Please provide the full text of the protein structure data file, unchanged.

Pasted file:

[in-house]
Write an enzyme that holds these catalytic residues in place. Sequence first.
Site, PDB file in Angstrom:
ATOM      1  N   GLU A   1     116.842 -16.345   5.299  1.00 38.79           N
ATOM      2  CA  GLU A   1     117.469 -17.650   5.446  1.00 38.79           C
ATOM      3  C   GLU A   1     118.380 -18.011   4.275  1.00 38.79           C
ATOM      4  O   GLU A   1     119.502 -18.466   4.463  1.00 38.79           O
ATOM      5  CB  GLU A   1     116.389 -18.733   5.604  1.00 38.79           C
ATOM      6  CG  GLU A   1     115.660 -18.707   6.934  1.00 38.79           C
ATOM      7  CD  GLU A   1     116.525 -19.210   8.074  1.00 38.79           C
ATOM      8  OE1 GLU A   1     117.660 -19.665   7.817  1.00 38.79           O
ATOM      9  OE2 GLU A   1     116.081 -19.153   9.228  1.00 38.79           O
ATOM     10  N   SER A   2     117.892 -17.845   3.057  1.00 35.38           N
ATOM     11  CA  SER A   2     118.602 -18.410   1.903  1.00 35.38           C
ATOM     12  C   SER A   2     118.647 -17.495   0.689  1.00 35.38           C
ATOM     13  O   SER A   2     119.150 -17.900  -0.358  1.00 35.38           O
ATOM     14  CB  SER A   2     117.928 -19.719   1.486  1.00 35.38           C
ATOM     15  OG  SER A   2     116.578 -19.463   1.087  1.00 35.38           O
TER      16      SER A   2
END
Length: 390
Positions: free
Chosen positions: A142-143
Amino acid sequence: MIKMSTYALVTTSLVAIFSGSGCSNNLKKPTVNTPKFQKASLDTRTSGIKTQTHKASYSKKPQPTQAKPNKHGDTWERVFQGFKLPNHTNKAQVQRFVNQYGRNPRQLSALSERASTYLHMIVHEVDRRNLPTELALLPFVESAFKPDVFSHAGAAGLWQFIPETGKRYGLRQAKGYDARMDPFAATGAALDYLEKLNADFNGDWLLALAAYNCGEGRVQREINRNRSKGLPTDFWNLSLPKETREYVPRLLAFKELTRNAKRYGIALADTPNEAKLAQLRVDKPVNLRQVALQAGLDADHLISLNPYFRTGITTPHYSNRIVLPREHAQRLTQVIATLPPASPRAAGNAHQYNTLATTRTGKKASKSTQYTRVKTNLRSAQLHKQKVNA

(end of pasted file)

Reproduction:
[in-house]
Write an enzyme that holds these catalytic residues in place. Sequence first.
Site, PDB file in Angstrom:
ATOM      1  N   GLU A   1     116.842 -16.345   5.299  1.00 38.79           N
ATOM      2  CA  GLU A   1     117.469 -17.650   5.446  1.00 38.79           C
ATOM      3  C   GLU A   1     118.380 -18.011   4.275  1.00 38.79           C
ATOM      4  O   GLU A   1     119.502 -18.466   4.463  1.00 38.79           O
ATOM      5  CB  GLU A   1     116.389 -18.733   5.604  1.00 38.79           C
ATOM      6  CG  GLU A   1     115.660 -18.707   6.934  1.00 38.79           C
ATOM      7  CD  GLU A   1     116.525 -19.210   8.074  1.00 38.79           C
ATOM      8  OE1 GLU A   1     117.660 -19.665   7.817  1.00 38.79           O
ATOM      9  OE2 GLU A   1     116.081 -19.153   9.228  1.00 38.79           O
ATOM     10  N   SER A   2     117.892 -17.845   3.057  1.00 35.38           N
ATOM     11  CA  SER A   2     118.602 -18.410   1.903  1.00 35.38           C
ATOM     12  C   SER A   2     118.647 -17.495   0.689  1.00 35.38           C
ATOM     13  O   SER A   2     119.150 -17.900  -0.358  1.00 35.38           O
ATOM     14  CB  SER A   2     117.928 -19.719   1.486  1.00 35.38           C
ATOM     15  OG  SER A   2     116.578 -19.463   1.087  1.00 35.38           O
TER      16      SER A   2
END
Length: 390
Positions: free
Chosen positions: A142-143
Amino acid sequence: MIKMSTYALVTTSLVAIFSGSGCSNNLKKPTVNTPKFQKASLDTRTSGIKTQTHKASYSKKPQPTQAKPNKHGDTWERVFQGFKLPNHTNKAQVQRFVNQYGRNPRQLSALSERASTYLHMIVHEVDRRNLPTELALLPFVESAFKPDVFSHAGAAGLWQFIPETGKRYGLRQAKGYDARMDPFAATGAALDYLEKLNADFNGDWLLALAAYNCGEGRVQREINRNRSKGLPTDFWNLSLPKETREYVPRLLAFKELTRNAKRYGIALADTPNEAKLAQLRVDKPVNLRQVALQAGLDADHLISLNPYFRTGITTPHYSNRIVLPREHAQRLTQVIATLPPASPRAAGNAHQYNTLATTRTGKKASKSTQYTRVKTNLRSAQLHKQKVNA